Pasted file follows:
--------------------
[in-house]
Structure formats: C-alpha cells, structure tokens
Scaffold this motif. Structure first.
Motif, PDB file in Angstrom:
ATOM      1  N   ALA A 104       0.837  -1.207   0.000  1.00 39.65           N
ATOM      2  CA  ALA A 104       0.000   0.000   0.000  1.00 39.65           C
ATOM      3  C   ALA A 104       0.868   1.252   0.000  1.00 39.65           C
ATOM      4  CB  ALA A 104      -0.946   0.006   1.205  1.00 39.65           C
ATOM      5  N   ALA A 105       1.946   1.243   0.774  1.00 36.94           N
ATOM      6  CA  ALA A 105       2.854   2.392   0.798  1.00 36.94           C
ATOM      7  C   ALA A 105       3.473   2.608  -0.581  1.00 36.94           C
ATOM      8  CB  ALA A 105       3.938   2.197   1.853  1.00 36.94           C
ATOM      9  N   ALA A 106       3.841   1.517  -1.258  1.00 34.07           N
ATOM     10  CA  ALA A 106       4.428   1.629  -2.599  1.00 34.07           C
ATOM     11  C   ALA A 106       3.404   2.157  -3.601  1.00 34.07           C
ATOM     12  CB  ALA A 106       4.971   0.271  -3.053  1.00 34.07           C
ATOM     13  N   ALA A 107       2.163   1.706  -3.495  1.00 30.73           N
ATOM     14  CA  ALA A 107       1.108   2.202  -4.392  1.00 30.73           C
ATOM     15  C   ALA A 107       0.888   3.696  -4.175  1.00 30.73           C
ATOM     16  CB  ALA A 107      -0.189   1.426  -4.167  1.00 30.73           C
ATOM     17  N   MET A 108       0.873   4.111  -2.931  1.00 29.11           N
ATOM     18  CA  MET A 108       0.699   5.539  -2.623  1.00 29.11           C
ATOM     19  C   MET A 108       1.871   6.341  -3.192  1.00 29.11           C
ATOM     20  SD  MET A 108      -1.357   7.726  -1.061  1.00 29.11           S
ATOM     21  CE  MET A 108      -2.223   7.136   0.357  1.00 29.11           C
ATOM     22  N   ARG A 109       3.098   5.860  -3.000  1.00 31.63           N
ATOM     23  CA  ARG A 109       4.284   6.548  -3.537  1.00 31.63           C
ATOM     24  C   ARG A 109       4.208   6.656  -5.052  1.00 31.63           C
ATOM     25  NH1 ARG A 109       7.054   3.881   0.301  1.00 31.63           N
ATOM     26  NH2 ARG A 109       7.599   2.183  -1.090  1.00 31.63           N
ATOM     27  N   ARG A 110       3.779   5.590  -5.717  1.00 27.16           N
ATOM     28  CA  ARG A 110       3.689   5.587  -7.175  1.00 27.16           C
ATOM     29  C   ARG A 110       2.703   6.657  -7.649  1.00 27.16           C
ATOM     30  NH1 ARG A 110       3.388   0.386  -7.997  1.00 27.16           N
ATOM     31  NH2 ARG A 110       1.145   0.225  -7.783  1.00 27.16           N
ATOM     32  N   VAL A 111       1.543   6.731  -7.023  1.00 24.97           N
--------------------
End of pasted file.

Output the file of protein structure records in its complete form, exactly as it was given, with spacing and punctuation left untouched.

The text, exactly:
[in-house]
Structure formats: C-alpha cells, structure tokens
Scaffold this motif. Structure first.
Motif, PDB file in Angstrom:
ATOM      1  N   ALA A 104       0.837  -1.207   0.000  1.00 39.65           N
ATOM      2  CA  ALA A 104       0.000   0.000   0.000  1.00 39.65           C
ATOM      3  C   ALA A 104       0.868   1.252   0.000  1.00 39.65           C
ATOM      4  CB  ALA A 104      -0.946   0.006   1.205  1.00 39.65           C
ATOM      5  N   ALA A 105       1.946   1.243   0.774  1.00 36.94           N
ATOM      6  CA  ALA A 105       2.854   2.392   0.798  1.00 36.94           C
ATOM      7  C   ALA A 105       3.473   2.608  -0.581  1.00 36.94           C
ATOM      8  CB  ALA A 105       3.938   2.197   1.853  1.00 36.94           C
ATOM      9  N   ALA A 106       3.841   1.517  -1.258  1.00 34.07           N
ATOM     10  CA  ALA A 106       4.428   1.629  -2.599  1.00 34.07           C
ATOM     11  C   ALA A 106       3.404   2.157  -3.601  1.00 34.07           C
ATOM     12  CB  ALA A 106       4.971   0.271  -3.053  1.00 34.07           C
ATOM     13  N   ALA A 107       2.163   1.706  -3.495  1.00 30.73           N
ATOM     14  CA  ALA A 107       1.108   2.202  -4.392  1.00 30.73           C
ATOM     15  C   ALA A 107       0.888   3.696  -4.175  1.00 30.73           C
ATOM     16  CB  ALA A 107      -0.189   1.426  -4.167  1.00 30.73           C
ATOM     17  N   MET A 108       0.873   4.111  -2.931  1.00 29.11           N
ATOM     18  CA  MET A 108       0.699   5.539  -2.623  1.00 29.11           C
ATOM     19  C   MET A 108       1.871   6.341  -3.192  1.00 29.11           C
ATOM     20  SD  MET A 108      -1.357   7.726  -1.061  1.00 29.11           S
ATOM     21  CE  MET A 108      -2.223   7.136   0.357  1.00 29.11           C
ATOM     22  N   ARG A 109       3.098   5.860  -3.000  1.00 31.63           N
ATOM     23  CA  ARG A 109       4.284   6.548  -3.537  1.00 31.63           C
ATOM     24  C   ARG A 109       4.208   6.656  -5.052  1.00 31.63           C
ATOM     25  NH1 ARG A 109       7.054   3.881   0.301  1.00 31.63           N
ATOM     26  NH2 ARG A 109       7.599   2.183  -1.090  1.00 31.63           N
ATOM     27  N   ARG A 110       3.779   5.590  -5.717  1.00 27.16           N
ATOM     28  CA  ARG A 110       3.689   5.587  -7.175  1.00 27.16           C
ATOM     29  C   ARG A 110       2.703   6.657  -7.649  1.00 27.16           C
ATOM     30  NH1 ARG A 110       3.388   0.386  -7.997  1.00 27.16           N
ATOM     31  NH2 ARG A 110       1.145   0.225  -7.783  1.00 27.16           N
ATOM     32  N   VAL A 111       1.543   6.731  -7.023  1.00 24.97           N